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Leading the city to Choose901

John Carroll emphasizes the beauty in our own backyard

    John Carroll, founder and CEO of City Leadership, is sure that the answer to flipping Memphis’s trajectory is support. 

    “Let’s go help the good guys do more good,” said Carroll. “Instead of us creating things, we should just go help the people who are already doing it.” 

    Carroll founded City Leadership with a goal to “recruit, develop, and catalyze leaders to create a growing, improving, and more loving Memphis.” In practice, City Leadership works with the leaders of the city to improve their efforts to help make Memphis a better place. 

    But City Leadership is not in Memphis by accident. Carroll, a native of Murfreesboro, Tenn., started his nonprofit in the Bluff City because he immediately fell in love with Memphis once he experienced its community. 

    To him, Memphis is the perfect mix between a small town and a larger city. While it is not quite the size of a city like Atlanta or Dallas, Carroll argues that Memphis provides the same opportunities in addition to a sense of belonging. 

    “Memphis ended up being that community that had the big city amenities, …but everywhere I went, I was bumping into people,” he said. “You can be in community in a big city, but in Memphis, you can be in community and be connected to the whole city… You can be totally engaged.”

    For Carroll, the community provides economic, racial and religious diversity creating opportunity to interact with Memphians of different backgrounds. 

    “In Memphis, you can be a bridge between those two worlds and really interact [with people] all across the spectrum and be true friends with everyone,” Carroll said. 

    Carroll said he was also drawn to Memphis because of its potential for improvement.

    “I really fell in love with Memphis because it has a lot of frontline space to make a difference in someone else’s life,” he said. “It’s hard to live in Memphis and be oblivious to the needs and prosperity of your neighbors, [and] it creates an opportunity to confront the differences in the socio-economic classes.”

    it creates an opportunity to confront the differences in the socio-economic classes.”

    — John Carroll

    As Carroll emphasized, Memphis’s challenges are not a secret. 21.4% of the population lives below the poverty line and the crime rate rose 6% in 2023 compared to 2022. 

    As a result, some young people are hesitant to return to Memphis after college because of the potential danger of living in this city.  

    Carroll emphasizes that he isn’t trying to convince people that Memphis is the best city or the right place for them, but to make sure that if people decide to leave, they are leaving for the right reasons. 

    “Don’t run away from something, run to something. If you’re going to pick some other community… you better have a reason greater than ‘I don’t want to live [in the community I came from],” Carroll said. “I think it’s more like ‘what community am I picking, why am I picking it and what can I contribute to that community?’”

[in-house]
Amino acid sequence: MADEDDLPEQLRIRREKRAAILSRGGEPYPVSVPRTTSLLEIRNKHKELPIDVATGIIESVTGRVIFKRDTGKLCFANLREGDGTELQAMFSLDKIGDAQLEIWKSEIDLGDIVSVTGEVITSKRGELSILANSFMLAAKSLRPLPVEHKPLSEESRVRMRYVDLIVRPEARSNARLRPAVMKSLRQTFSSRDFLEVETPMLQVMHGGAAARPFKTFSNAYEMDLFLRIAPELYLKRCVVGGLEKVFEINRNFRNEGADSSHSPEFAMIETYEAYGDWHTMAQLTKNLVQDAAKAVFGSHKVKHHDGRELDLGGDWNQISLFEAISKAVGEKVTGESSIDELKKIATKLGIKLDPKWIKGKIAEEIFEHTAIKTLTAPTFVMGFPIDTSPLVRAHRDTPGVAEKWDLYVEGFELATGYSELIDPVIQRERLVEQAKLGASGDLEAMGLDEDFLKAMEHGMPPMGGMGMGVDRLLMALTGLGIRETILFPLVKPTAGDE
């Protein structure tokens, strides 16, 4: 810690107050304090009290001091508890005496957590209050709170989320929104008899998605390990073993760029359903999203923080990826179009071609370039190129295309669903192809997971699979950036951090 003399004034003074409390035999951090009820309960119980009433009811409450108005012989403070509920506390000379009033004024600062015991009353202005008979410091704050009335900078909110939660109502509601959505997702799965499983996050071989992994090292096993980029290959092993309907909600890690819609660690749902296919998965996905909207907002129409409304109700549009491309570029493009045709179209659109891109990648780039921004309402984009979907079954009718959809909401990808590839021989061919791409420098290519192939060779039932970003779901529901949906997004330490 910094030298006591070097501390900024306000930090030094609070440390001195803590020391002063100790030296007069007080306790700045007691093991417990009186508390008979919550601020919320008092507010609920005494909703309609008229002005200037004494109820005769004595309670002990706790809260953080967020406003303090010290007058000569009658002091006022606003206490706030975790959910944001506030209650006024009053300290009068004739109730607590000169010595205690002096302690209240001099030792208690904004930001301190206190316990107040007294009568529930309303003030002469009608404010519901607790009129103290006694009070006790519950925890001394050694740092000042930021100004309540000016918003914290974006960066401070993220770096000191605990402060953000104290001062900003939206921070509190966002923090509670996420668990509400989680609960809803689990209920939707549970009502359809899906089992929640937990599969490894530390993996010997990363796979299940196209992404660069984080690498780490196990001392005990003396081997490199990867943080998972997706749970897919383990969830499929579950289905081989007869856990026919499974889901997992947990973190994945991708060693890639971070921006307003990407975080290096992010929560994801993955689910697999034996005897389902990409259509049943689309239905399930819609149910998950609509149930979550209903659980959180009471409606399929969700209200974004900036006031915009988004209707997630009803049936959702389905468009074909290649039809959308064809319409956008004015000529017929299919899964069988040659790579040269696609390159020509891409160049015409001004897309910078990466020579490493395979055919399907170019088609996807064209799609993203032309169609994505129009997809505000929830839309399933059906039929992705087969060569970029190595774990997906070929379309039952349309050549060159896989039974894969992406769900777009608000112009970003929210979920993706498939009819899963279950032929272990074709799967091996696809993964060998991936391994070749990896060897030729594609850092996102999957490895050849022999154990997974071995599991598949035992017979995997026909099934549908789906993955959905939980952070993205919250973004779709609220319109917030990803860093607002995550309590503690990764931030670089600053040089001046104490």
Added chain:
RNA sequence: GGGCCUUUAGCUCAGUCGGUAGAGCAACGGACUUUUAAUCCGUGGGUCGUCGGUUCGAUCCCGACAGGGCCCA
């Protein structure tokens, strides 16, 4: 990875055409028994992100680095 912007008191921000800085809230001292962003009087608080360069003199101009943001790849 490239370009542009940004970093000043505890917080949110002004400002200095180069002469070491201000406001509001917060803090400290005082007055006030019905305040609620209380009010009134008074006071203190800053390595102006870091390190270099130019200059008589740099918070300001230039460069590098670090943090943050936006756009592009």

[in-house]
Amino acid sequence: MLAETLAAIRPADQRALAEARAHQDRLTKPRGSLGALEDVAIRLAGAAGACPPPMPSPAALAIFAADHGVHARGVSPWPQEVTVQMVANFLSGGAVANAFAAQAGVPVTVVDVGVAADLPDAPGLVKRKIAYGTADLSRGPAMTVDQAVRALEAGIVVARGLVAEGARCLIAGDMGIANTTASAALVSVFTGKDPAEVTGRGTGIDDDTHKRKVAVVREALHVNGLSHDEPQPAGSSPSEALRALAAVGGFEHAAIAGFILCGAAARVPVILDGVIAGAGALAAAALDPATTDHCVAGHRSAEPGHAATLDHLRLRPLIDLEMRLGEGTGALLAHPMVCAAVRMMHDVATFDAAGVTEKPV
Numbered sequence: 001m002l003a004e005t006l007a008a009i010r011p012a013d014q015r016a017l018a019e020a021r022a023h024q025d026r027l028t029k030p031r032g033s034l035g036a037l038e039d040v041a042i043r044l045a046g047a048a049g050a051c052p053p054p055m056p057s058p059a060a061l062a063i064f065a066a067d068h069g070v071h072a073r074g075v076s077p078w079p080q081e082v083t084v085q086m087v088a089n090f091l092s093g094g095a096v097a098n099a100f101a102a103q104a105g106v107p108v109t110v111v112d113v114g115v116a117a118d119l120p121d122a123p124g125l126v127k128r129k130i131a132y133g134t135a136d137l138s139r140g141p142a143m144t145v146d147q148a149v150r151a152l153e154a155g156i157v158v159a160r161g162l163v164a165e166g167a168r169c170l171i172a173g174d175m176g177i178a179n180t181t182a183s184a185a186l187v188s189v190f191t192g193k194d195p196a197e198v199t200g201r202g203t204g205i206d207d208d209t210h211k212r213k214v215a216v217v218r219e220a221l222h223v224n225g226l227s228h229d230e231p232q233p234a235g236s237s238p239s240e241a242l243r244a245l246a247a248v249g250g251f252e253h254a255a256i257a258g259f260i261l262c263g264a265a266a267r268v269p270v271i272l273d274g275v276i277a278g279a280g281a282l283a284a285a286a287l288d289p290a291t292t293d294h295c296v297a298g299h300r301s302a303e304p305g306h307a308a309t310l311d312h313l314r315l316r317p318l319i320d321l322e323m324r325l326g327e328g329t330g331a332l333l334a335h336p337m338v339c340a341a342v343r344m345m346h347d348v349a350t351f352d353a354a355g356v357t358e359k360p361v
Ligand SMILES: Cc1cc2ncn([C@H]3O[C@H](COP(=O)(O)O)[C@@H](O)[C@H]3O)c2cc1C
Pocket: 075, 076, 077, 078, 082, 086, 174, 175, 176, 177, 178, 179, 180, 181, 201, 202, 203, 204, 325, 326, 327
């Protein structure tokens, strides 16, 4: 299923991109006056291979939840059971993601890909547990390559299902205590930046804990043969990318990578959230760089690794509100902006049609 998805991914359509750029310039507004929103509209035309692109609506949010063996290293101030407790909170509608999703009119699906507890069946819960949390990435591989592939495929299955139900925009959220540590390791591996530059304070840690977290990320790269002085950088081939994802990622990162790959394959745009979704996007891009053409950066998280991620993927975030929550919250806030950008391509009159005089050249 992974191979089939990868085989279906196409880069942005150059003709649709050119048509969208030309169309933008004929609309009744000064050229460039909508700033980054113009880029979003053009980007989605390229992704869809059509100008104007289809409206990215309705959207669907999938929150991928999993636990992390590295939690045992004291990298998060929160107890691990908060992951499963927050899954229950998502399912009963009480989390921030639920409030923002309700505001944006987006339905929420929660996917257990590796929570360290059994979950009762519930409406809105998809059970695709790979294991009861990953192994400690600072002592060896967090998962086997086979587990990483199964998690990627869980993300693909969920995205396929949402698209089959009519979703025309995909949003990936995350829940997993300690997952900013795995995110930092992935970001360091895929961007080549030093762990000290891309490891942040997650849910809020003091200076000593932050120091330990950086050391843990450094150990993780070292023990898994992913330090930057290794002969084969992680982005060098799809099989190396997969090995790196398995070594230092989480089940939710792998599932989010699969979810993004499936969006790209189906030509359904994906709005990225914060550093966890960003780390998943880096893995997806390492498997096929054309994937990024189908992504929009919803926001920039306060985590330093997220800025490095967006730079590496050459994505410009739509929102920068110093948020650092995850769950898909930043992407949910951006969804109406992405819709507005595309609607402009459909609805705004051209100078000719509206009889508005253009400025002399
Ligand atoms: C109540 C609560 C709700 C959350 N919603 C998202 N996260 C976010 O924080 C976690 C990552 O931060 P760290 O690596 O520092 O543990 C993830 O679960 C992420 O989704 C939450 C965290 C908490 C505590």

Don’t run away from something, run to something. If you’re going to pick some other community… you better have a reason greater than ‘I don’t want to live [in the community I came from].”

    — John Carroll


    Branching off of City Leadership is one of their well-known programs called Choose901. This project works to highlight the beauty of Memphis to the people to encourage them to invest their lives in the city.

    Although Choose901 aims to help people make those decisions by highlighting the good in Memphis, Carroll stresses that the city’s challenges should not be ignored. 

    “We want to use our platform as a spotlight or megaphone for the good and the optimism in Memphis… It’s not that the hard things in Memphis don’t need to [be] seriously looked at,” Carroll said. “If you’re just looking at Choose901 for all the information you know about Memphis, then I don’t think you can be a great citizen…You’re not going to get the full picture.”

    For those who do choose 901, they are choosing a community where thousands of Memphians actively work to improve the city’s challenges and create a better future. 

    12,271 non-profit organizations scattered throughout the city provide aid to various communities all around Memphis. Combined, these organizations generate over $15 billion in revenue per year, much of it from the people and businesses of Memphis. In fact, Memphis ranked the most charitable city in the United States in 2017.  

    When put in the broader context, crime is only a small part of Memphis’s richer story of diversity, community and generosity.   

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    About the Contributor
    Wallis Rogin
    Wallis Rogin, Co Editor-in-Chief
    Wallis Rogin is a junior who is excited to be spending her third year on Tatler as co Editor-in-chief. You may know Wallis as a quiet person, but once you get to know her you will find that she is a super fun person to be around. She’s always wanted a pet turtle, and once even had one for 12 hours before it disappeared. She is also a bold person and she shows her boldness by mixing her jewelry metals. She likes peanuts, but dislikes peanut butter and hates wooden utensils even more. She understands that wooden utensils are better for the environment, but just can't get behind them. Because of this, whenever she goes to Ben and Jerry’s, she always gets a cone instead of a cup because the Ben and Jerry’s spoons are wooden. She loves their Phish Food ice cream and would love it even more with a plastic spoon. One final fact about Wallis is that she loves New Girl and is still upset that it was taken off Netflix. 

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